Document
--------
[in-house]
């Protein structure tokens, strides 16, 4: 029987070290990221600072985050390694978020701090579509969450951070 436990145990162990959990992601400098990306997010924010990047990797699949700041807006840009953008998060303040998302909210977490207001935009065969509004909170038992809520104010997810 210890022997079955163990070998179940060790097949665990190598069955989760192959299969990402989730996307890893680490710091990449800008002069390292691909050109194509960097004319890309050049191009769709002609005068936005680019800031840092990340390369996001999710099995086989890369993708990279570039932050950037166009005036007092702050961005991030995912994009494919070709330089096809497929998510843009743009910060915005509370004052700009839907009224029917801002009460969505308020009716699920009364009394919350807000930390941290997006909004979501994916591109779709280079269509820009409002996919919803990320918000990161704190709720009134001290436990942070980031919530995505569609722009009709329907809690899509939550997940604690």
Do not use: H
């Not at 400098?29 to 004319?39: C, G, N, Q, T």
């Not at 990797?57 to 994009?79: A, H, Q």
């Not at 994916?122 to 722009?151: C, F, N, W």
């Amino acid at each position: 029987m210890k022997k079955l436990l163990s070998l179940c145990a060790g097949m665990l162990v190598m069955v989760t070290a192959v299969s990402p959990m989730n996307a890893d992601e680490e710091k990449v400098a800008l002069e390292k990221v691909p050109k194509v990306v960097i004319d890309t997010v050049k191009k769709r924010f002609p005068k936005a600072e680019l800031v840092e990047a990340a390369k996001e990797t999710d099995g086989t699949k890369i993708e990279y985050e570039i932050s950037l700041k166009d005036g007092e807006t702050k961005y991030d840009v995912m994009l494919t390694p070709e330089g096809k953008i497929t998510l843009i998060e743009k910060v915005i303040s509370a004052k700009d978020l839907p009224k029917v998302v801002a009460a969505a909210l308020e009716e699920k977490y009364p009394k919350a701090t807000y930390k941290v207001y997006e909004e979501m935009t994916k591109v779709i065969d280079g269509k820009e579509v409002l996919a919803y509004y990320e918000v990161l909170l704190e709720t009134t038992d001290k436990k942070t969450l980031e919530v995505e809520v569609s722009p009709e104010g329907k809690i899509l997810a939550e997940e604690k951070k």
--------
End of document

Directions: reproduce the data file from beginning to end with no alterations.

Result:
[in-house]
């Protein structure tokens, strides 16, 4: 029987070290990221600072985050390694978020701090579509969450951070 436990145990162990959990992601400098990306997010924010990047990797699949700041807006840009953008998060303040998302909210977490207001935009065969509004909170038992809520104010997810 210890022997079955163990070998179940060790097949665990190598069955989760192959299969990402989730996307890893680490710091990449800008002069390292691909050109194509960097004319890309050049191009769709002609005068936005680019800031840092990340390369996001999710099995086989890369993708990279570039932050950037166009005036007092702050961005991030995912994009494919070709330089096809497929998510843009743009910060915005509370004052700009839907009224029917801002009460969505308020009716699920009364009394919350807000930390941290997006909004979501994916591109779709280079269509820009409002996919919803990320918000990161704190709720009134001290436990942070980031919530995505569609722009009709329907809690899509939550997940604690």
Do not use: H
């Not at 400098?29 to 004319?39: C, G, N, Q, T």
């Not at 990797?57 to 994009?79: A, H, Q």
């Not at 994916?122 to 722009?151: C, F, N, W």
């Amino acid at each position: 029987m210890k022997k079955l436990l163990s070998l179940c145990a060790g097949m665990l162990v190598m069955v989760t070290a192959v299969s990402p959990m989730n996307a890893d992601e680490e710091k990449v400098a800008l002069e390292k990221v691909p050109k194509v990306v960097i004319d890309t997010v050049k191009k769709r924010f002609p005068k936005a600072e680019l800031v840092e990047a990340a390369k996001e990797t999710d099995g086989t699949k890369i993708e990279y985050e570039i932050s950037l700041k166009d005036g007092e807006t702050k961005y991030d840009v995912m994009l494919t390694p070709e330089g096809k953008i497929t998510l843009i998060e743009k910060v915005i303040s509370a004052k700009d978020l839907p009224k029917v998302v801002a009460a969505a909210l308020e009716e699920k977490y009364p009394k919350a701090t807000y930390k941290v207001y997006e909004e979501m935009t994916k591109v779709i065969d280079g269509k820009e579509v409002l996919a919803y509004y990320e918000v990161l909170l704190e709720t009134t038992d001290k436990k942070t969450l980031e919530v995505e809520v569609s722009p009709e104010g329907k809690i899509l997810a939550e997940e604690k951070k």